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Apotheker's inability to establish strong partner ties took its toll in HP's sales trenches, according to Haffar. "When they lost focus on us, we lost focus on them," he said. "They were a much more focused strategic partner for us before Apotheker, and they lost a lot of talent in our region to competitors as a result. Replacing that talent is going to take a long time."
Mont Phelps, CEO of NWN, a fast-growing HP partner headquartered in Waltham, Mass., said Apotheker’s reign has resulted in damage to the relationship HP has with its channel partners.
"I congratulate the board for being decisive and making the change," Phelps said. "The events of the last year have strained HP's relationship with the channel and it is important that one of the new CEO's top priorities is to rebuild that trust and engagement with partners. HP has got to get beyond this and focus on communication and trust and building the business."
Many HP partners were puzzled -- and in some cases, disappointed -- when HP hired Apotheker last September. Some openly questioned whether Apotheker would maintain Hurd's laser focus on the channel, noting that he hadn't distinguished himself as a channel-savvy leader during his 20 year career at SAP.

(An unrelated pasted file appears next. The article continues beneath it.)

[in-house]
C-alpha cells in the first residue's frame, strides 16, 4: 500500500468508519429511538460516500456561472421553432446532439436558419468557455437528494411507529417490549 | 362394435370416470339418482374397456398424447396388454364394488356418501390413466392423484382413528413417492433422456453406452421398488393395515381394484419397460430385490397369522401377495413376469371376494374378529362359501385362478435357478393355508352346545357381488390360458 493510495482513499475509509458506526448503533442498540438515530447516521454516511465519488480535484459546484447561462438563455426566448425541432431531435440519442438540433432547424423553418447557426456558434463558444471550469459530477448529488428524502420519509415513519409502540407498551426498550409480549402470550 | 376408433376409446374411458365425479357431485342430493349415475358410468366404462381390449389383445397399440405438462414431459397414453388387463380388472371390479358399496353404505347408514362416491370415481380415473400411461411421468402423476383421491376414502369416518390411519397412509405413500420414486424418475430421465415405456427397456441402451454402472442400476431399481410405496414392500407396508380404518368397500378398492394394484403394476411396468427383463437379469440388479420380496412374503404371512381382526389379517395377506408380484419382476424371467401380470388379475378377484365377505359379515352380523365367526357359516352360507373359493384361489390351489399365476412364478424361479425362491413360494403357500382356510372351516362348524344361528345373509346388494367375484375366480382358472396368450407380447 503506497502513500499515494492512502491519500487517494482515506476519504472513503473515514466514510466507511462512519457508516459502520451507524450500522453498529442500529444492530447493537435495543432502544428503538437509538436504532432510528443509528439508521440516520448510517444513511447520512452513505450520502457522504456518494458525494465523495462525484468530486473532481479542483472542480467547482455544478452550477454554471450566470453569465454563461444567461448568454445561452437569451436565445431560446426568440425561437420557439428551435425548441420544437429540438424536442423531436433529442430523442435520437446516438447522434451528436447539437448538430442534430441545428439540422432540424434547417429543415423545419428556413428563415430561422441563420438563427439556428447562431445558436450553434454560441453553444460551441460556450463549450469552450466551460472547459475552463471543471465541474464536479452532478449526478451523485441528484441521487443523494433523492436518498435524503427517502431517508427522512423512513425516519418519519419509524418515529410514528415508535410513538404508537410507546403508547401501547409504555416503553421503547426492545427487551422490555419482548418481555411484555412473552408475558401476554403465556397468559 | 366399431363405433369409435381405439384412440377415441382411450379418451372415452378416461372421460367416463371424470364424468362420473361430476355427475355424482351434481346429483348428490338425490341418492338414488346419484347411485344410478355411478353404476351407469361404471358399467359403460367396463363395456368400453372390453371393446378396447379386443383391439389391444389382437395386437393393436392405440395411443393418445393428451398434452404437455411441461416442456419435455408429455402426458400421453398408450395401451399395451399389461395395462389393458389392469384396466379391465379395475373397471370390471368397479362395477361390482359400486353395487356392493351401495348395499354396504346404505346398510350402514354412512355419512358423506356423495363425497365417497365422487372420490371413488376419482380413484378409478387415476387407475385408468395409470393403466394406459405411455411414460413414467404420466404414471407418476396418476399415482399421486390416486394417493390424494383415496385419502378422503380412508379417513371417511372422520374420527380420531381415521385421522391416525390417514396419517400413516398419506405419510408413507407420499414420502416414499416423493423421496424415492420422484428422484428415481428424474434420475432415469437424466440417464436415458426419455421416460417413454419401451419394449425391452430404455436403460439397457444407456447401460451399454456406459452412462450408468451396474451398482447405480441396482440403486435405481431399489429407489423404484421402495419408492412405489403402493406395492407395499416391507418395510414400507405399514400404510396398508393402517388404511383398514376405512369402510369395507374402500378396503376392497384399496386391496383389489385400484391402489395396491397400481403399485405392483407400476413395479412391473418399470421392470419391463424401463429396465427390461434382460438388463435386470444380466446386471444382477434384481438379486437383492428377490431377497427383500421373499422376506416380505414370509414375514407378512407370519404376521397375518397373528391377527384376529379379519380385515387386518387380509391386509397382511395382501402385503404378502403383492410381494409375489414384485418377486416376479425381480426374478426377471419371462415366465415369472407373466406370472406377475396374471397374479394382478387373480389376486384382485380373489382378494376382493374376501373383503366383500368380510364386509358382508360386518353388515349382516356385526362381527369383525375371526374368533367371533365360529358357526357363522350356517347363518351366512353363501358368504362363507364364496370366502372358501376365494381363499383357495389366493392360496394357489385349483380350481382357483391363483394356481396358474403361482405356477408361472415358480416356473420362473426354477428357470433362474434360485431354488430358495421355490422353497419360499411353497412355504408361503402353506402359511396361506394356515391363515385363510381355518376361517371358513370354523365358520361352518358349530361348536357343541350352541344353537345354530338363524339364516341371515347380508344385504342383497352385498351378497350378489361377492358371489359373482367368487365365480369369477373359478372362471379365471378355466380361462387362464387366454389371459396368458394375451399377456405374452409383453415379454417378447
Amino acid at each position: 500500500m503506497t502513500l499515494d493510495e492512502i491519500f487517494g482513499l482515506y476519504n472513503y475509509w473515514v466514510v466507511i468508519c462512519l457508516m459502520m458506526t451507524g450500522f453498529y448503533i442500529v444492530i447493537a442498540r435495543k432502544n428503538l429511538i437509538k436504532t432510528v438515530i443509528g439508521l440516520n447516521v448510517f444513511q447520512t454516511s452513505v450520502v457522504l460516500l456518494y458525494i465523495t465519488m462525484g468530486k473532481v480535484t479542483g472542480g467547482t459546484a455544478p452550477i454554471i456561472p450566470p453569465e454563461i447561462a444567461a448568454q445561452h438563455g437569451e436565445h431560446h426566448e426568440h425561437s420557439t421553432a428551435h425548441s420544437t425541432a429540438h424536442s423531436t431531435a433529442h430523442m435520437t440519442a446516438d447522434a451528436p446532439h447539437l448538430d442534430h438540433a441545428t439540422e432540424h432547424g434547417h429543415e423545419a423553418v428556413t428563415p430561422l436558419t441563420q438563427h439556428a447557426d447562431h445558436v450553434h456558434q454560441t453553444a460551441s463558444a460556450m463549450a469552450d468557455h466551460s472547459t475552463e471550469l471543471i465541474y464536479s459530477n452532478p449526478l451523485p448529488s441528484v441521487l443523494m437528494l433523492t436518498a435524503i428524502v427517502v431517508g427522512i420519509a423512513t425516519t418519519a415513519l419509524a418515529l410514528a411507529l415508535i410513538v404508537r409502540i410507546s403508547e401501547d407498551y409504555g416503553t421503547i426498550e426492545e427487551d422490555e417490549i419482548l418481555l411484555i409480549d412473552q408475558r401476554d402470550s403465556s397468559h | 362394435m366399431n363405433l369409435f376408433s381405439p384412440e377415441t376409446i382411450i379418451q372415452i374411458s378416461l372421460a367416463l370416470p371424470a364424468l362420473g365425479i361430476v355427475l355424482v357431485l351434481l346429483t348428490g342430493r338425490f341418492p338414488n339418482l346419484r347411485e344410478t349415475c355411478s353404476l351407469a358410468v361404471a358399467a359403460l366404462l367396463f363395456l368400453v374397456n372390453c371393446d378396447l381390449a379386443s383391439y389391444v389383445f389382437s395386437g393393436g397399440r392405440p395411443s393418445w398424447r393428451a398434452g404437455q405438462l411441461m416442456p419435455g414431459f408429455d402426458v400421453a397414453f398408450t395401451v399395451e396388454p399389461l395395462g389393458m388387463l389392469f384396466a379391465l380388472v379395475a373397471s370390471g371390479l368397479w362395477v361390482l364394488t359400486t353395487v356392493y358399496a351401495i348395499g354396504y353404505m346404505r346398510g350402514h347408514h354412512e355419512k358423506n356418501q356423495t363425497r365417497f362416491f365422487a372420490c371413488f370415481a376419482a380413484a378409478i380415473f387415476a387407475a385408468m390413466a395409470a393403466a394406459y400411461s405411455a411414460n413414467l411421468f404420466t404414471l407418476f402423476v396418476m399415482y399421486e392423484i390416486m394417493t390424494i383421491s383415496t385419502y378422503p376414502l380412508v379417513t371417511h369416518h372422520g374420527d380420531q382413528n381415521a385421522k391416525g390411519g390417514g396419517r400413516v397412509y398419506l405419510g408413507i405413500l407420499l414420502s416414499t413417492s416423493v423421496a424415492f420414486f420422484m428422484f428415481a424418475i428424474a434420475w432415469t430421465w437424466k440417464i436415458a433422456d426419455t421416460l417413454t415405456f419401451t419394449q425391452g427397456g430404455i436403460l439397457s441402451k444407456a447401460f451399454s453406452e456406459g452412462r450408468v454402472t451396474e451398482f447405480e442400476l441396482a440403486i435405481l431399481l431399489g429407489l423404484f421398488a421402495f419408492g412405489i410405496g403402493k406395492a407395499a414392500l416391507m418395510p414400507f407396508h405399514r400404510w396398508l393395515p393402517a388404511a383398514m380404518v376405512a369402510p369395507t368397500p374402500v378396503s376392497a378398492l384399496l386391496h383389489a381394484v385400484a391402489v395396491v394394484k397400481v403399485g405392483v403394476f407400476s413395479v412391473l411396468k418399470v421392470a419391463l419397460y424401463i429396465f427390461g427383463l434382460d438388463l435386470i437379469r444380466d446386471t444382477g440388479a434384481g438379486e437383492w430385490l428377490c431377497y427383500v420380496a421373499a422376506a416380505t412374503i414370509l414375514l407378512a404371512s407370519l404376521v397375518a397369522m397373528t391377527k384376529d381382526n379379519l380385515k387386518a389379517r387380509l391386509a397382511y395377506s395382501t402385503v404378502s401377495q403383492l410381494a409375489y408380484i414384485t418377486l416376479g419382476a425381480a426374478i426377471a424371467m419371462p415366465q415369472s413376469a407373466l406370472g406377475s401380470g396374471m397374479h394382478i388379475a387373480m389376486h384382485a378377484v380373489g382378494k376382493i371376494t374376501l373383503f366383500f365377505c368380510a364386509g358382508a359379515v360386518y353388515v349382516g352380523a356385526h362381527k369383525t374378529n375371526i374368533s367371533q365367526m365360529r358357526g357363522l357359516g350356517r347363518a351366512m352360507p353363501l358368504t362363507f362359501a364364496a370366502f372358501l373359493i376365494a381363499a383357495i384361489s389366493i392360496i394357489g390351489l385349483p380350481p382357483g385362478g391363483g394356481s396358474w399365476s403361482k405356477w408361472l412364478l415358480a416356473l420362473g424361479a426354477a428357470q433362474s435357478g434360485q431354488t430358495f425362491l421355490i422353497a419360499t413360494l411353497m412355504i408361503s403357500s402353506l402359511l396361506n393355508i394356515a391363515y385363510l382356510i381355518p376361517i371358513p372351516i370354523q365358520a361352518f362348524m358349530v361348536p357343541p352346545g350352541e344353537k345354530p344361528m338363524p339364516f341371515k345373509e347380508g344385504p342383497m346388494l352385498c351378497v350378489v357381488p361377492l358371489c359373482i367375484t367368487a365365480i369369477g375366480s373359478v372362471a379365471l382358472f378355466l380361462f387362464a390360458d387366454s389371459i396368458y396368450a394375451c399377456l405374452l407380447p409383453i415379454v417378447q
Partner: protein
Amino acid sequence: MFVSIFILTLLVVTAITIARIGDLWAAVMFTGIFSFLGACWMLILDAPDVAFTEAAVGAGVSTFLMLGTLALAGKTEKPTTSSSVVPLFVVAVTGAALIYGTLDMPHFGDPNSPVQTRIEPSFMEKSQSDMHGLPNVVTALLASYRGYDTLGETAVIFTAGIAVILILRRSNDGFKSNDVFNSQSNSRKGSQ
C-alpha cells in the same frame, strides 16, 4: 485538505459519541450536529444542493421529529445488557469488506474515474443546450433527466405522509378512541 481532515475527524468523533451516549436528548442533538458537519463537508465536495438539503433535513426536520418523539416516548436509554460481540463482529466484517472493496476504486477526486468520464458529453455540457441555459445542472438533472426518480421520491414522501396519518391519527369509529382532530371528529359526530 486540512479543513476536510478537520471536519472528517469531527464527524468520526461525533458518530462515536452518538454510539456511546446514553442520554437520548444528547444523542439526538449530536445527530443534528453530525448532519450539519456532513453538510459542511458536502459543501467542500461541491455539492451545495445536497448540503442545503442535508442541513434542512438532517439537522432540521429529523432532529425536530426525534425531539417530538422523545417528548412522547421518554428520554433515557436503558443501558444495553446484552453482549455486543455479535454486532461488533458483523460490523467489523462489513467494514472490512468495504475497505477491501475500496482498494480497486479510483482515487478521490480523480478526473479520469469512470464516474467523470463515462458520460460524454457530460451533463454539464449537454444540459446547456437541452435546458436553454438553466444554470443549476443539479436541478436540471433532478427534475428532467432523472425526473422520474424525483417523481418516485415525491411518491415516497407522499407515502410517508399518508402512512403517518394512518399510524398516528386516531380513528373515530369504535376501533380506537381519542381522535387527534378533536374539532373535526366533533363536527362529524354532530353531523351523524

In fact, SAP's hybrid direct-indirect sales model was a major source of frustration under Apotheker's leadership at the software company, several SAP partners told CRN last year. "Under his reign, I don't think SAP was super-partner friendly," said one solution provider.
Questions about Apotheker's ability to effectively lead HP have been swirling since the company’s Discover conference in June, according to an executive with one of HP's enterprise partners. "He was on stage at Discover with a TouchPad, touting the ability for HP to integrate how people use technology personally and professionally. And now, that seems to be off the table," said the source, who requested anonymity.
Indeed, HP's decision to kill the TouchPad just six weeks after its launch sent shockwaves through the channel. HP had been aggressively positioning the tablet, and WebOS, as major services drivers for partners, and many VARs had made the decision to invest in building mobility practices.
But HP's decision to explore a spin-off or sale of PSG came as an even bigger surprise, particularly for longtime partners.
"He presided over some of the biggest blunders I have ever seen. If you tried to destroy value in a company you couldn't do it as fast as he did," said another top HP partner, who requested anonymity.
However, the partner said he's heartened that HP's board has finally come to its senses. "I was starting to wonder if the board knew what was happening in the field," the source said. "I'm glad they finally manned up and made the decision to get rid of him instead of digging the company deeper and deeper into a hole."
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